|Average 4 s for bowler||-0.1||-0.15||-0.25|
|Average 6 s for bowler||-0.15||-0.25||-0.35|
The “Rating Score” is the summation of “Batting Rating Score” and “Bowling Rating Score” for a player across all players in the squad of an opposition franchise. The above processing of ball-by-ball data to the final data set constituting the scores for a complete list of all player-vs-player combinations is done in Python. The interested reader may refer to the Python script provided in Annexure-1.
For the benefit of readers, a snippet from the final data depicting the performance of V. Kohli of RCB vs Dl Chahar of CSK is presented in Table 3. Table 4 provides the “Rating Score” for all players in the RCB squad, based on their individual performance against players in the CSK squad.
|Batsman||Bowler||Total Batting Ratings||Total Bowling Ratings|
|V Kohli||DL Chahar||72.348||11.183|
|S. No||RCB Players||Total ratings against CSK|
|2||AB de Villiers||645.080|
4.2Model development and demonstration
For a match, the strongest playing-11 of a franchisee must be selected based on the opposition. If the opposition playing-11 is known, then the best 11 players from the franchise squad against the 11 opposing players can be chosen. However, only the opposition squad and not the opposition playing-11 is known. Thus, the franchise playing-11 must be selected such that each player in the playing-11 has performed better than all other non-playing-11 players in the franchise squad against the entire combination of players in the opposition squad. Additionally, there are also requirements on the number of players required in each roll (batsman, bowlers, all-rounders, and wicketkeeper) in the playing-11. Therefore, for determining the playing-11, the following binary integer linear programming model is proposed.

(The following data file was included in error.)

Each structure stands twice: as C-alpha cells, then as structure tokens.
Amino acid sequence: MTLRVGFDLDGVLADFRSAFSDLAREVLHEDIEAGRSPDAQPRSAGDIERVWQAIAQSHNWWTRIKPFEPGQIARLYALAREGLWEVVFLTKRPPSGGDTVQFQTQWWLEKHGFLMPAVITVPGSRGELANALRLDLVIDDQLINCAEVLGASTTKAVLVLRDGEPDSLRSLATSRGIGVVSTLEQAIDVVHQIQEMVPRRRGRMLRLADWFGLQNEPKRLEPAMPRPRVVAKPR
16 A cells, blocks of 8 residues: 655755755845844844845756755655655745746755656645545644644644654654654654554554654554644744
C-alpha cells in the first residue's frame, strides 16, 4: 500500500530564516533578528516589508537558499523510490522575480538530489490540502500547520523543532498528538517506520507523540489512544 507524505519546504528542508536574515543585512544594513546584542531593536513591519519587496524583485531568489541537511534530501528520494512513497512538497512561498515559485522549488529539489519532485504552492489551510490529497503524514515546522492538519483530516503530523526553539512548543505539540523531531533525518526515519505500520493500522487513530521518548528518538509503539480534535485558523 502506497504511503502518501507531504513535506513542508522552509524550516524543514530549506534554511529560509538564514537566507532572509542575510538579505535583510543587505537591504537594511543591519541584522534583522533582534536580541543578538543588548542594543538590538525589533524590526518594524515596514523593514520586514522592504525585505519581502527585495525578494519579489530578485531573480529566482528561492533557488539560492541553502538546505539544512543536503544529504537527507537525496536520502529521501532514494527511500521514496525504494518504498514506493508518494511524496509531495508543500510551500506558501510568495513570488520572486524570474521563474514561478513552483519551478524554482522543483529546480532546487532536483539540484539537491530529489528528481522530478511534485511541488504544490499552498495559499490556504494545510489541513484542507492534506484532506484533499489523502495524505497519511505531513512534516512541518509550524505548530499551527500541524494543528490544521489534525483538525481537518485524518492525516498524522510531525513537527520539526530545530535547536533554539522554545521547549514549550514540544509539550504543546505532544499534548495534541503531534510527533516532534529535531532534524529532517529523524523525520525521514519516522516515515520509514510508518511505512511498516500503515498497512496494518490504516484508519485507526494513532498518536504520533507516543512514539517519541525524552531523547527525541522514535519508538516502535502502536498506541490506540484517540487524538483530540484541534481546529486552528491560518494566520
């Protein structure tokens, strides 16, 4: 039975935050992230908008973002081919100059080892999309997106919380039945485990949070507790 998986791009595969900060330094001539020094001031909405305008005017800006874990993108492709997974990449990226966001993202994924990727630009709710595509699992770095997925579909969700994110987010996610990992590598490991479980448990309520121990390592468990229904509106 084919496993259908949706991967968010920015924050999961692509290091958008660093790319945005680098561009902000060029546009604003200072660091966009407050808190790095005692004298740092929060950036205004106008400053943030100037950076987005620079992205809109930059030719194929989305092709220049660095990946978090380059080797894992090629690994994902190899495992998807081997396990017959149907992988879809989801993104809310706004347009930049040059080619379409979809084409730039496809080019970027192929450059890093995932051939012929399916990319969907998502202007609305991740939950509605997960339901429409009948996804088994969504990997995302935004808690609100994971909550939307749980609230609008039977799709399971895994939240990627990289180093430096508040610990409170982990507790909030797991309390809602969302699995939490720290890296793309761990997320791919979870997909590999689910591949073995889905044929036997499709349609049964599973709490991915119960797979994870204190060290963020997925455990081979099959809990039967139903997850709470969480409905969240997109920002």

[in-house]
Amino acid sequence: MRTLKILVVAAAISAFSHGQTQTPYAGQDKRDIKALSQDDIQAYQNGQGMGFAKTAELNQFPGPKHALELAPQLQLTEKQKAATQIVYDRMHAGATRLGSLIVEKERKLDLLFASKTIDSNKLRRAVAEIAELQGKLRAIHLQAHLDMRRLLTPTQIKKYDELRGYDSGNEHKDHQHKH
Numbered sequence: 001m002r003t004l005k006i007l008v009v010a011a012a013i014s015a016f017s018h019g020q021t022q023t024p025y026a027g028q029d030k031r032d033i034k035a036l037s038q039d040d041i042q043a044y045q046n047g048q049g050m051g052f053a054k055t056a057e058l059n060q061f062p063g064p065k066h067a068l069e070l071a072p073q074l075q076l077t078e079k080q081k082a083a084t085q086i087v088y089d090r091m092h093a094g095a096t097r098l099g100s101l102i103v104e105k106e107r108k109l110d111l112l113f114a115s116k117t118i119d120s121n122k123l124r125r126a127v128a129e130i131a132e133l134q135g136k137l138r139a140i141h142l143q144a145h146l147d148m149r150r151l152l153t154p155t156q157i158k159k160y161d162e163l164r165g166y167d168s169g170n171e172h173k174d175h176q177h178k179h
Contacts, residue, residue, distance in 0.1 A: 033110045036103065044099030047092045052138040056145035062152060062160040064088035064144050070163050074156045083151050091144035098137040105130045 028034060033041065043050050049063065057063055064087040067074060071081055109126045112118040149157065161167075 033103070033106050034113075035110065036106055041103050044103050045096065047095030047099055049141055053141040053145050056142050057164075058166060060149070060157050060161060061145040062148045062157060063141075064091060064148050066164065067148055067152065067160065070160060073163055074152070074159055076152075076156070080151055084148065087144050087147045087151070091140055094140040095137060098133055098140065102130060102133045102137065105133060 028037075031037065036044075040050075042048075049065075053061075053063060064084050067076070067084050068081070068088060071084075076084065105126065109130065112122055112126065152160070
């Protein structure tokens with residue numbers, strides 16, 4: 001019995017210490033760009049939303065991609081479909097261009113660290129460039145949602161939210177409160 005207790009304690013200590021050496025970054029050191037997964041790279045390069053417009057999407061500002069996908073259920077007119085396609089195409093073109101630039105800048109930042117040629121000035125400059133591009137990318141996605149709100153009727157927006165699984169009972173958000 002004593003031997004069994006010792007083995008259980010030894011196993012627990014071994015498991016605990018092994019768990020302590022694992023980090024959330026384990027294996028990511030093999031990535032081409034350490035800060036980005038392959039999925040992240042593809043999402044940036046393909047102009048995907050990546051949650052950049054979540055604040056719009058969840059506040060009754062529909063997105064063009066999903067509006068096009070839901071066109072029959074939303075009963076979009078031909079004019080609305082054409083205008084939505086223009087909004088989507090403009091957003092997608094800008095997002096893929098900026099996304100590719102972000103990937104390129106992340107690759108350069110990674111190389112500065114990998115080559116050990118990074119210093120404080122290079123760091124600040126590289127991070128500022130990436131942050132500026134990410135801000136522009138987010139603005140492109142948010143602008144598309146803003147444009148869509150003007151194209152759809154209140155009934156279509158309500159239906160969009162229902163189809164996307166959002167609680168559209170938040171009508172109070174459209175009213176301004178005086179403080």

The sets, uncontrollable variables and decision variables for the model are as specified below:
1. i: Set of players in the squad of the current franchise [1, … , n]
1 j: Set of all opposition franchise [1, … , m]
1 Rij – Rating Score for player-i when performing against player-j
2 Fi - 1 if player-i is a foreign player, 0 otherwise
3 Bi – 1 if player-i is a batsman, 0 otherwise
4 Oi – 1 if player-i is a bowler, 0 otherwise
5 Ai – 1 if player-i is an all-rounder, 0 otherwise
6 Wi – 1 if player-i is a wicketkeeper, 0 otherwise
7 NBj – Number of batsmen required in the playing-11 against franchise-j
8 NOj – Number of bowlers required in the playing-11 against franchise-j
9 NAj – Number of all-rounders required in the playing-11 against franchise-j
10 NWj – Number of wicket keepers required in the playing-11 against franchise-j
11 MFj – Maximum number of foreign players permitted in the playing-11 against franchise-j
Since the rating score depicts how successful a player has been against a given player, the objective is to maximise the score for all players in the playing-11. Accordingly, this objective is mathematically described in (1).